The stage at First Avenue is surrounded by two huge speaker stacks. While the guys were killing it on "Faded High" (shout out to the bass line Brad Cook was playing), I looked over to stage left and saw a woman who looked like a model in a very tight, cheetah-print mini skirt, walking slowly up the stairs to the stage, wearing what looked like a top hat. I figured maybe she was someone's friend or even another singer. Then I saw a skinny arm in a golden sleeve reach up, take the top hat off her head, and put it on his head. She walked back down the stairs and disappeared. There, before all of us, was Prince. She was there just to wear his hat to the stage. It was the most fascinating entrance I had ever seen, and no one else in the entire building besides the few of us on stage saw it.
Prince put both of his arms up, and a huge man standing behind him gently lowered a purple Stratocaster over Prince’s head and into his waiting arms. I’m thinking, "Jeez, who is this guy?" Then it hit me again: "It’s Prince. And right now he is playing his unplugged electric guitar along to 'Faded High.'" He would bring it up to his ear every now and again to make sure he was playing in the correct key, ripping a solo that I wish I could have heard, too. I elbowed Ryan and said, “Hey man, Prince is here.” He looked up quietly, took a really big breath, and gave me the biggest smile.
Photo by Claire Molepske
Prince, playing for himself
One by one, everyone on stage, all fourteen of us, started to notice Prince, playing guitar. At one point, Prince looked over to all of us and started smiling, still playing a lead no one could hear. “Guys, I’m here," he seemed to be saying. "Let's tear this place apart. What are we waiting for?”
Then, he walked back down the stairs, around the back of the stage, and up the stairs on the opposite side, now behind the other set of speakers. Still hidden from the crowd, he continued to rip a lead, quietly waiting to be Prince. There was an unused guitar amp on stage, too. It was a mixture of the most excited you can be with the most nervous you can be at one time. Before I knew it, the song was over. There was no Prince guitar lead on "Faded High" that night.
I heard that one of the guys on the side of the stage told him to go plug-in to the amp during the song, but who knows. I also heard that, if Prince shows up at your show, you are supposed to stop and introduce him or something like that. We didn't do that.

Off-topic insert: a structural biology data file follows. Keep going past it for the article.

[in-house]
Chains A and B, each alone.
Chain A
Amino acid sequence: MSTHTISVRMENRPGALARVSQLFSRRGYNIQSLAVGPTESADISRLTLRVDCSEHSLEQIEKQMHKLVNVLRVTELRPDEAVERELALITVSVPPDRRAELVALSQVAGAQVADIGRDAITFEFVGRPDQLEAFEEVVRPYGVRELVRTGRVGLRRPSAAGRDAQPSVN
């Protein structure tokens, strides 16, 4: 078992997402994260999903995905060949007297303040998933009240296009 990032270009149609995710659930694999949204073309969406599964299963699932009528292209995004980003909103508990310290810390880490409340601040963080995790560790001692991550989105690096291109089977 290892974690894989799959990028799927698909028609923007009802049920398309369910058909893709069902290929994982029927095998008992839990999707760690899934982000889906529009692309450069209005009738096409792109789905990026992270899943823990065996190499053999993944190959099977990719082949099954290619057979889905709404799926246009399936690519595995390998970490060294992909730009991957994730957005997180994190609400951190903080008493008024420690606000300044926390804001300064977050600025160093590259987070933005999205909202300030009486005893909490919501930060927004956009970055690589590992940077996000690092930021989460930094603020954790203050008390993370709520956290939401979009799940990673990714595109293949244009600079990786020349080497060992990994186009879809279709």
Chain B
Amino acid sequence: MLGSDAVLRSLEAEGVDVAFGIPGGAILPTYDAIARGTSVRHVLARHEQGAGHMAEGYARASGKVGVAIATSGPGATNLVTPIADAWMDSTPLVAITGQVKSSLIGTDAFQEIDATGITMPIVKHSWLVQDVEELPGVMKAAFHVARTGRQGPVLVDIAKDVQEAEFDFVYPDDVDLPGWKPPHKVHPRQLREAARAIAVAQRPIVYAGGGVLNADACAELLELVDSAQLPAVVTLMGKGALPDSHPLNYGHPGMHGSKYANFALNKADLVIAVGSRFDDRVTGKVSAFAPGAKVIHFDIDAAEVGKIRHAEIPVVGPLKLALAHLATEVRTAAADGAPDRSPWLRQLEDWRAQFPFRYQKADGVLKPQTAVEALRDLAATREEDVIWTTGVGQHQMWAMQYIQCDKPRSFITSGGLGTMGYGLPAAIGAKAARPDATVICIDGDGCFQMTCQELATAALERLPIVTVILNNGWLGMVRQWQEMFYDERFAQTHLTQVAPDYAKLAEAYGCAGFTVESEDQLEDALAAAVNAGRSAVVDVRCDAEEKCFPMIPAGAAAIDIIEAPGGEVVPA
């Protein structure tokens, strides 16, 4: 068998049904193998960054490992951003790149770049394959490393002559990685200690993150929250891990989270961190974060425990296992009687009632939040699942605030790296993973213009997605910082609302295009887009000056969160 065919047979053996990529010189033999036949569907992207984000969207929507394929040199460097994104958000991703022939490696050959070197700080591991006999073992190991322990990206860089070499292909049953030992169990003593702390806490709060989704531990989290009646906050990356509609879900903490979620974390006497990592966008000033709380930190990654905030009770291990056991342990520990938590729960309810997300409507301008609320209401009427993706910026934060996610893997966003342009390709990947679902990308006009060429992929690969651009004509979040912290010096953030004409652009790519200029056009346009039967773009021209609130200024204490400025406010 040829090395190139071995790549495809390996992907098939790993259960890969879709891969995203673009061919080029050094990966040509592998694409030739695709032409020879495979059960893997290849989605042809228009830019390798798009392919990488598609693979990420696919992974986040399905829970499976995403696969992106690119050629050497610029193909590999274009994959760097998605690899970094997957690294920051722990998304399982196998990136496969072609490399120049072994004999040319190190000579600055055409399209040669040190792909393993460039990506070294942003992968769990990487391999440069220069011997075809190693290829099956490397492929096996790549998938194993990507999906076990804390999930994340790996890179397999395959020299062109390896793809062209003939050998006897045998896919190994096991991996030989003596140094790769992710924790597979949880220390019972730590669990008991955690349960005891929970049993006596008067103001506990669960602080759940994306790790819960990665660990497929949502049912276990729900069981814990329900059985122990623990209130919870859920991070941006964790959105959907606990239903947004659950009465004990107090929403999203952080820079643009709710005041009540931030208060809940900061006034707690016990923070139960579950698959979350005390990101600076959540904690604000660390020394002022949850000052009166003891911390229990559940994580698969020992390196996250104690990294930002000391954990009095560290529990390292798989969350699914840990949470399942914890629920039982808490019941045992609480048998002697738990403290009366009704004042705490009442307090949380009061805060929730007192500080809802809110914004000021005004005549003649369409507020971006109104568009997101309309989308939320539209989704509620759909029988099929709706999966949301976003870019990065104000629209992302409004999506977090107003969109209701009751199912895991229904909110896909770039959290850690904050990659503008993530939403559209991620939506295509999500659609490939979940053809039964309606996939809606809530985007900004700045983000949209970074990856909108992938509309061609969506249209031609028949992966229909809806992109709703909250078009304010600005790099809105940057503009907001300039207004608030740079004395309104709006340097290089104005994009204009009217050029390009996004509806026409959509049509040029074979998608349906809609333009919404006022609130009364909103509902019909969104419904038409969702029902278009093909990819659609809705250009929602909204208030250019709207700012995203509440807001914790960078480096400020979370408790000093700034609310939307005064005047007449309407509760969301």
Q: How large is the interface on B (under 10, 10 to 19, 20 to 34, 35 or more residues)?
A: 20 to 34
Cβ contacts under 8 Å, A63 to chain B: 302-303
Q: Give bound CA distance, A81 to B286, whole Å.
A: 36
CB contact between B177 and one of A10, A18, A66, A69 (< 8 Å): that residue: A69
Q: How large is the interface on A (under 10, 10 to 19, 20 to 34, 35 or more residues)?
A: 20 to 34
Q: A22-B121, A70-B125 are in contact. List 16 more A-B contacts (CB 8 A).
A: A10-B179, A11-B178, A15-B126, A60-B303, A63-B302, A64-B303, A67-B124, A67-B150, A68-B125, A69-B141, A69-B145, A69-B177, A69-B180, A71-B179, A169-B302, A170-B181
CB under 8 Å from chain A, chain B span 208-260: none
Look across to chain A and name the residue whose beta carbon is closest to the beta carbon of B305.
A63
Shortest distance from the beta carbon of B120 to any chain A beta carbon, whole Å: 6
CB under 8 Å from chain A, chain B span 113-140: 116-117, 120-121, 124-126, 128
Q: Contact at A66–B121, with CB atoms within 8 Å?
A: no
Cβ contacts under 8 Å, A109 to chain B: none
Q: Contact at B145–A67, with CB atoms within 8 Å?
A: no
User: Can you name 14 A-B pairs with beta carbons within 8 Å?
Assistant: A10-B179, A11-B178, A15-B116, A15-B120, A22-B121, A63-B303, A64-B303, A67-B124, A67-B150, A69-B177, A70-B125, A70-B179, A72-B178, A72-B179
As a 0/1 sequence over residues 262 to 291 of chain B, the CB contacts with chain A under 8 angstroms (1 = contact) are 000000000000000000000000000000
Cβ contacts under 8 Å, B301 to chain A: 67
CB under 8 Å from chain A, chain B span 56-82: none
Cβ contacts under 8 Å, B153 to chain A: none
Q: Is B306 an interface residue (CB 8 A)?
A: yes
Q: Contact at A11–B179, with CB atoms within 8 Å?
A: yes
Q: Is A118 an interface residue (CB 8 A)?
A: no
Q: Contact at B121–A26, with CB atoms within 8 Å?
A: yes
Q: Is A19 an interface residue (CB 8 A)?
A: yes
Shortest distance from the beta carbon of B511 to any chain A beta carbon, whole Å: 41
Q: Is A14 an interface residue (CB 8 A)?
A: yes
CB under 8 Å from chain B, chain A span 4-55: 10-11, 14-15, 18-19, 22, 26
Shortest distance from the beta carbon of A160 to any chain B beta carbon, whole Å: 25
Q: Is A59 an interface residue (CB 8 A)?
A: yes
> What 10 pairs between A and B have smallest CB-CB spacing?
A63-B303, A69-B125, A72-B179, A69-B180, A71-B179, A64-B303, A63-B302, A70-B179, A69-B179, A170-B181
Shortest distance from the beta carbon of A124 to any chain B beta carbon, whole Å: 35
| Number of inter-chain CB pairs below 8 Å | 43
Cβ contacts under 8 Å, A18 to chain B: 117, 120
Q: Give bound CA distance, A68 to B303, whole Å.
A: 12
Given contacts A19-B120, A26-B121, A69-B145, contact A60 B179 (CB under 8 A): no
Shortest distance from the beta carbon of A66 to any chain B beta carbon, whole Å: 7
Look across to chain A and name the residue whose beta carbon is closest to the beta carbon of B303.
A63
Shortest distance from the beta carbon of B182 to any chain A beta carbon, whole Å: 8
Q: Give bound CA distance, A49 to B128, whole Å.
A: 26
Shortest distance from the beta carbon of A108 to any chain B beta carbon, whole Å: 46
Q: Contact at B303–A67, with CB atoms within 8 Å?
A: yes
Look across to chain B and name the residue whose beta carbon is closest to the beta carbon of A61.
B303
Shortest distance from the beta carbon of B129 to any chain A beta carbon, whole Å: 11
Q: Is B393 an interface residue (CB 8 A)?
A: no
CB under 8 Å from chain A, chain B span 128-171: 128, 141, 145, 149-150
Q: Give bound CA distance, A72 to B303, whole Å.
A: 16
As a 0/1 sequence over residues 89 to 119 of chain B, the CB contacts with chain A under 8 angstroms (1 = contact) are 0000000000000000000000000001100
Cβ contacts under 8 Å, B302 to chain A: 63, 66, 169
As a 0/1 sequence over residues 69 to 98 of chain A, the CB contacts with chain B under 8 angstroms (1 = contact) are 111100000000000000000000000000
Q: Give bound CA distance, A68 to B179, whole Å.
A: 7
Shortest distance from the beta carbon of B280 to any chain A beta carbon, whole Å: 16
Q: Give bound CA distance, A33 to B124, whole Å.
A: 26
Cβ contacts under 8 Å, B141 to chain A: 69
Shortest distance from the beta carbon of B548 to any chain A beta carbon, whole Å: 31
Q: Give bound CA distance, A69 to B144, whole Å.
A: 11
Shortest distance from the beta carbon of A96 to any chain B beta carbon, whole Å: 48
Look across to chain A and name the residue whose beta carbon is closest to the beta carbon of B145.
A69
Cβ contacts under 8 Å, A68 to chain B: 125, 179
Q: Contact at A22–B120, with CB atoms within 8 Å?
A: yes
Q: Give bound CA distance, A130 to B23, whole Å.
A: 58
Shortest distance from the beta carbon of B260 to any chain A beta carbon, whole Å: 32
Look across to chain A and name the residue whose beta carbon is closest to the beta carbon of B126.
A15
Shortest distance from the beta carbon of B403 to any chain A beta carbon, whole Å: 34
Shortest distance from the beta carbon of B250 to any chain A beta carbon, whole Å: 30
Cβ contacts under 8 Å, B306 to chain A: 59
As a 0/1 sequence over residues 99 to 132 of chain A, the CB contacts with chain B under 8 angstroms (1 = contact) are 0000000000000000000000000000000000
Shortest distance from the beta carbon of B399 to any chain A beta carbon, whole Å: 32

Anyway, after "Faded High" was finished, Ryan ran down the steps and talked to the man himself. He then told me he had worked it out that Prince was going to come out and play a guitar solo when the balloons dropped during the second part of our song, "Last Prom on Earth."
It was still a couple of songs away. So we played the last two songs with Prince standing beside the stage, smiling and bobbing his head to the music, his guitar hanging from his neck. It felt so surreal to all of us to look over there and see him liking the songs that we all helped make.
And then it was finally time to play "Last Prom on Earth."
The night was coming to a close. We had somehow made it through those two shows, and the greatest performer of all time was going to come out and play the most epic guitar solo of all time as the balloons dropped on a song my friends and I had written together. Who wrote that movie script?
I announced to the audience, still unaware that Prince was even in the building, that we had a special guest. We got through half the song, to the moment right before the balloons were going to drop. I told myself to make sure everything on the stage was ready for Prince, to not stand in his way. I looked back over my right shoulder, where I expected to see him walking. A sliver of fluorescent light caught my eye. It was the back exit of First Avenue being pulled open, and walking out was that same top hat.
Photo by Claire Molepske
"These guys got this covered."
The balloons dropped, and there was no grand guitar solo. We all played the song like nothing ever happened. Maybe I imagined that Prince was going to come out on "Last Prom," but I doubt it. There was some talk that he would come out and play the encore song with us: Howard Jones’ "No One is to Blame."
But I knew that was unlikely. He wrote an abundant amount of infinitely better songs, and I had just seen him leave the building. I always thought it was funny how we managed to get twenty-three people on stage to play, including a guy most of the band only knew as “Dan from work," but somehow not Prince.
I heard that Prince turned to everyone in earshot of him and said something to the effect of “These guys got this covered," meaning we didn't need him. But we did. Selfishly, I wanted to be singing while he played guitar beside me. I wanted for the crowd to go crazy when he came out, but honestly, I’m just happy he was there. I’m just happy I got to be a part of that night.
No matter how it’s told or the way anyone actually remembers it, Prince did come to our Gayngs show. We all got to hang out near him and play music beside him for a little while. Thank you for the story, Prince.